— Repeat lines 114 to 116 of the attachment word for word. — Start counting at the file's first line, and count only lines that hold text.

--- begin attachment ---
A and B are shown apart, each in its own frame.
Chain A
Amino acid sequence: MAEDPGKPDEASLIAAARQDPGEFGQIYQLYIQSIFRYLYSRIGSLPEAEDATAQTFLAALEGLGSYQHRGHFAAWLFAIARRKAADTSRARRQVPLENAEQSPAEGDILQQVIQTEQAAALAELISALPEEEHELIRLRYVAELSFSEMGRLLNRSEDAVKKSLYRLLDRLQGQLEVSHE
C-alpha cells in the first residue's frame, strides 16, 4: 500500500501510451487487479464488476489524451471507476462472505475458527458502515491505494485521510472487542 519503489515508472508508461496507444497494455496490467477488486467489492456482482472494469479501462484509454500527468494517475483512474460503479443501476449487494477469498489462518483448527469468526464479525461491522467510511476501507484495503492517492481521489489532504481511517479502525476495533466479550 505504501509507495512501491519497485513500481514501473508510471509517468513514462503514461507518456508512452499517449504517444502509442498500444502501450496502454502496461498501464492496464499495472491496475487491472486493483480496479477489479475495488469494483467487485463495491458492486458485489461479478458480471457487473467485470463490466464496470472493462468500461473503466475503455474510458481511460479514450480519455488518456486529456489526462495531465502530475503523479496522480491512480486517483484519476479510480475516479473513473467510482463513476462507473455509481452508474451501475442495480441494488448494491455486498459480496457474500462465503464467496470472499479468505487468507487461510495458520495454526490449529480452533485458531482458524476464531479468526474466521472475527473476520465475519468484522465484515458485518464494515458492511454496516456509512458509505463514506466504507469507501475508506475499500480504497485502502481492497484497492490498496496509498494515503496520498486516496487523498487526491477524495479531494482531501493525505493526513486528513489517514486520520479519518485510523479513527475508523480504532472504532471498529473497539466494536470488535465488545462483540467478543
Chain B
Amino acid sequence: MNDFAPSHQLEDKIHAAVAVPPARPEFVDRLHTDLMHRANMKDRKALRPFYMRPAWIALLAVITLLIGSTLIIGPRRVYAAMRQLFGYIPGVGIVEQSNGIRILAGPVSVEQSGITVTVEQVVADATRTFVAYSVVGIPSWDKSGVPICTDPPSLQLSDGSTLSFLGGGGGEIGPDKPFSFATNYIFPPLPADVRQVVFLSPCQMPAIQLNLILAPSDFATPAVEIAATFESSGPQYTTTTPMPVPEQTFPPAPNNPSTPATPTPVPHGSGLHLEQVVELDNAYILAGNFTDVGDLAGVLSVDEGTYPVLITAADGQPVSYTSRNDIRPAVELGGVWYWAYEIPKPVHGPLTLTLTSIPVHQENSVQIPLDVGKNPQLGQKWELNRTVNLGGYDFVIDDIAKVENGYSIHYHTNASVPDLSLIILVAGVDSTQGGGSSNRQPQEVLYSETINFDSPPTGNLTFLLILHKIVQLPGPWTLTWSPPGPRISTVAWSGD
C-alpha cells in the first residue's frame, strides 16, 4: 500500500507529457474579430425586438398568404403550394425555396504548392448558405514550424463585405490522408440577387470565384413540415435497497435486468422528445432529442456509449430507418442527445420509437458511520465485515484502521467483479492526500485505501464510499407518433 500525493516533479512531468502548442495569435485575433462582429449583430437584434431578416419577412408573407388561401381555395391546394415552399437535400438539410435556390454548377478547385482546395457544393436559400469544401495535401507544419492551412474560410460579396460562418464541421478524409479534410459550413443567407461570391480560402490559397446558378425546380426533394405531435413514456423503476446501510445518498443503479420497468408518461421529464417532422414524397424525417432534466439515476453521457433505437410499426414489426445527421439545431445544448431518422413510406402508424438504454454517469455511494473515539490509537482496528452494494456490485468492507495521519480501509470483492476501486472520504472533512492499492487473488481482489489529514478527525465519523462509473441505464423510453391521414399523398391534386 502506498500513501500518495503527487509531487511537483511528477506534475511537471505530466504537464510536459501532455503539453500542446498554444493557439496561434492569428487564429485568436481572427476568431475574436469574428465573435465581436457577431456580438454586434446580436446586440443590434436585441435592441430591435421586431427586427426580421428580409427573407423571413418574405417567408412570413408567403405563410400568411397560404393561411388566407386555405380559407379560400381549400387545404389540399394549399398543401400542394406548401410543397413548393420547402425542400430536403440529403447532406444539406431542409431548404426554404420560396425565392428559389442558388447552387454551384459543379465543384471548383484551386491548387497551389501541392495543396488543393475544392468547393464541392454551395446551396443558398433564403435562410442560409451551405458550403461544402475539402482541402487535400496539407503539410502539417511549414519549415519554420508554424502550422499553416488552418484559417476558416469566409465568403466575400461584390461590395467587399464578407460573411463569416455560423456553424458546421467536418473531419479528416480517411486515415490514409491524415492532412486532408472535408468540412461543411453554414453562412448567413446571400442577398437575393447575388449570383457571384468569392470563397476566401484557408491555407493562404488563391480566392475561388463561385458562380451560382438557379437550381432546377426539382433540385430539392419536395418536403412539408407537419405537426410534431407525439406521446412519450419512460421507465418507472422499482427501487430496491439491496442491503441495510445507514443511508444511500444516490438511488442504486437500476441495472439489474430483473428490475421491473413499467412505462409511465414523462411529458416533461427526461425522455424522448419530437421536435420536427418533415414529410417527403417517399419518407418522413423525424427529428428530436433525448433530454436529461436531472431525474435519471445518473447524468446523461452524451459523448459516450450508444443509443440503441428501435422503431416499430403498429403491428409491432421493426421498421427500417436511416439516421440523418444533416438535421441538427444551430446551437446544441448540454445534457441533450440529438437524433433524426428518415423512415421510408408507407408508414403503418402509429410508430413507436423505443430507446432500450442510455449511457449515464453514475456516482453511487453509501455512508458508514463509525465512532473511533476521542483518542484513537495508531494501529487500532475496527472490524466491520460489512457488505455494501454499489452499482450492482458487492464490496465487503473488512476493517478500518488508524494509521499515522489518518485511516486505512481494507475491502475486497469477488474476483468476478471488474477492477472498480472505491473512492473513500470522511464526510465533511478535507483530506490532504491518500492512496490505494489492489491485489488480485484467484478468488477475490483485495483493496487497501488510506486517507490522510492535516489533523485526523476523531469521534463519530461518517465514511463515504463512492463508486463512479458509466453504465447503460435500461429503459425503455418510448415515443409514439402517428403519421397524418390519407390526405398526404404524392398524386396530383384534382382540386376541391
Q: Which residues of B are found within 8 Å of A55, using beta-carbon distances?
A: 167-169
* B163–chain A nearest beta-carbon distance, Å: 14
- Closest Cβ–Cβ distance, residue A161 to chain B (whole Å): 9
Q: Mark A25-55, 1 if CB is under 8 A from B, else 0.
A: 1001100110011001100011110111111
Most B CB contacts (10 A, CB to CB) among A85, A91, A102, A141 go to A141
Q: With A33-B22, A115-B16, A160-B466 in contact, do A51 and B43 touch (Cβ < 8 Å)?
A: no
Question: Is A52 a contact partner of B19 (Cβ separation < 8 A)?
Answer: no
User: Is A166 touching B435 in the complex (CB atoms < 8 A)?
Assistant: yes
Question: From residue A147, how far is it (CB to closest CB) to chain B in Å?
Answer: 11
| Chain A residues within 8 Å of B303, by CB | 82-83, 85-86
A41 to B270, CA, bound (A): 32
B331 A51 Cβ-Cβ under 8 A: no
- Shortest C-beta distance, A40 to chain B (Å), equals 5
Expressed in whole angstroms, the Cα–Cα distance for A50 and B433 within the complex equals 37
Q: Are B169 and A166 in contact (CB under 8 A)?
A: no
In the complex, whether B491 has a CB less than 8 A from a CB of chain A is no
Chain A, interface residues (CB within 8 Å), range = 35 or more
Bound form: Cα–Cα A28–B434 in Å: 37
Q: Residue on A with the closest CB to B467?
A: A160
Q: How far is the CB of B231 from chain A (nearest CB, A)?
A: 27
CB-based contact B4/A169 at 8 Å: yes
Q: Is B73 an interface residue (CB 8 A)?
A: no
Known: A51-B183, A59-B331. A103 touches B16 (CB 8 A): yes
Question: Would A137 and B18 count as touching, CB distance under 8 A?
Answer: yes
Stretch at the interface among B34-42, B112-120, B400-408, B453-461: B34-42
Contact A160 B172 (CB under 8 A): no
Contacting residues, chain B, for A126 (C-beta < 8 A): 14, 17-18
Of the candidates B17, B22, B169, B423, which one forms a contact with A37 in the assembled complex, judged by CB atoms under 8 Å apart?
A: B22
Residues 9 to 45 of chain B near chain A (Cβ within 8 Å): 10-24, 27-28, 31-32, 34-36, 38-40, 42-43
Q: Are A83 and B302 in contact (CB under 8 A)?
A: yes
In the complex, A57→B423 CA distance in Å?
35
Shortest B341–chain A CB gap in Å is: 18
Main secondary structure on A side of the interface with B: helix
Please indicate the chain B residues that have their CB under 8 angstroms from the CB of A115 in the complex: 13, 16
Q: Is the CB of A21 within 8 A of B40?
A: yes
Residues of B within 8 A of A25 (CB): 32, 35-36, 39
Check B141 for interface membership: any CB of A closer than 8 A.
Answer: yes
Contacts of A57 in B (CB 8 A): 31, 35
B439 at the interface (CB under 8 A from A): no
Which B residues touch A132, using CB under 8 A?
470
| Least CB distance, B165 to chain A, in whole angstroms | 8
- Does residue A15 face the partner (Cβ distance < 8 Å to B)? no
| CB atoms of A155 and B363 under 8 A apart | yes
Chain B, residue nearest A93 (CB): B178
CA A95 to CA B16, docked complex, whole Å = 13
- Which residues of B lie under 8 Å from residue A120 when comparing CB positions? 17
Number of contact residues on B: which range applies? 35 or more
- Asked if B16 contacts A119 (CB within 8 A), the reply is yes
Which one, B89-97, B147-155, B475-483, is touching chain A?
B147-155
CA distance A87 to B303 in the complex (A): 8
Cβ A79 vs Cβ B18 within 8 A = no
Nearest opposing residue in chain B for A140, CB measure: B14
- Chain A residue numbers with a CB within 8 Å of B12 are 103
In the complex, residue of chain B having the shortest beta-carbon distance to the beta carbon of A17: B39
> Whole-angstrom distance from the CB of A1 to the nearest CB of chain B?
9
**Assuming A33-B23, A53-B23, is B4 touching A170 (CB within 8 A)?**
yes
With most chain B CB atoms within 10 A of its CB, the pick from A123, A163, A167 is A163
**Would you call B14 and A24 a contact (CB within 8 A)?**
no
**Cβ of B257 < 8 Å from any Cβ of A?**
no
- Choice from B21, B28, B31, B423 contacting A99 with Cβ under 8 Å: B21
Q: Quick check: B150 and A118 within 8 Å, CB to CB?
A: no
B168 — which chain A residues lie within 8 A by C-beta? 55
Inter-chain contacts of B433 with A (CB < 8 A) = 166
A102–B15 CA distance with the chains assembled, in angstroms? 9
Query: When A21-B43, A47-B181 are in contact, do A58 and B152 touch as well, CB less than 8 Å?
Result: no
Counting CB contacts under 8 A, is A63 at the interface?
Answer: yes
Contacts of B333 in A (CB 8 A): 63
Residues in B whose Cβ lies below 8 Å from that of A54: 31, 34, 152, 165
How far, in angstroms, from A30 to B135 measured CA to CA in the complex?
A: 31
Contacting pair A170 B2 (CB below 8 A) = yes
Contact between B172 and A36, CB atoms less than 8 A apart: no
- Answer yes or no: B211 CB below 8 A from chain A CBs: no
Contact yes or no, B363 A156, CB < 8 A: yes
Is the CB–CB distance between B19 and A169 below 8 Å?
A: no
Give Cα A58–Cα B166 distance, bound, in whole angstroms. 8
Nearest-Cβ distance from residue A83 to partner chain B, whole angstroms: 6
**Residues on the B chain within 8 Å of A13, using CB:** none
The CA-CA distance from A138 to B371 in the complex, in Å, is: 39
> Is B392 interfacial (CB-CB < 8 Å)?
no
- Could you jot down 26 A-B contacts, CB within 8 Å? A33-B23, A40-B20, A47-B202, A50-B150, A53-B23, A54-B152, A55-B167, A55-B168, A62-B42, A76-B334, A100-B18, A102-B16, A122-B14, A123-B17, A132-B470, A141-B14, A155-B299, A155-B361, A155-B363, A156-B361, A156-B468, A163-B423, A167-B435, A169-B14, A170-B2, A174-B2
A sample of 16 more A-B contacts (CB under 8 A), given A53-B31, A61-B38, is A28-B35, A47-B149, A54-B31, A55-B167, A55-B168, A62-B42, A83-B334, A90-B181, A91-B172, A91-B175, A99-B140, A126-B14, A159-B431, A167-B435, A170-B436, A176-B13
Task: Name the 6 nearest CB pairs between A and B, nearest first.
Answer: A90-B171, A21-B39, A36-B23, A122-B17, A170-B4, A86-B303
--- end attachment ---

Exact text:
no
- Could you jot down 26 A-B contacts, CB within 8 Å? A33-B23, A40-B20, A47-B202, A50-B150, A53-B23, A54-B152, A55-B167, A55-B168, A62-B42, A76-B334, A100-B18, A102-B16, A122-B14, A123-B17, A132-B470, A141-B14, A155-B299, A155-B361, A155-B363, A156-B361, A156-B468, A163-B423, A167-B435, A169-B14, A170-B2, A174-B2
A sample of 16 more A-B contacts (CB under 8 A), given A53-B31, A61-B38, is A28-B35, A47-B149, A54-B31, A55-B167, A55-B168, A62-B42, A83-B334, A90-B181, A91-B172, A91-B175, A99-B140, A126-B14, A159-B431, A167-B435, A170-B436, A176-B13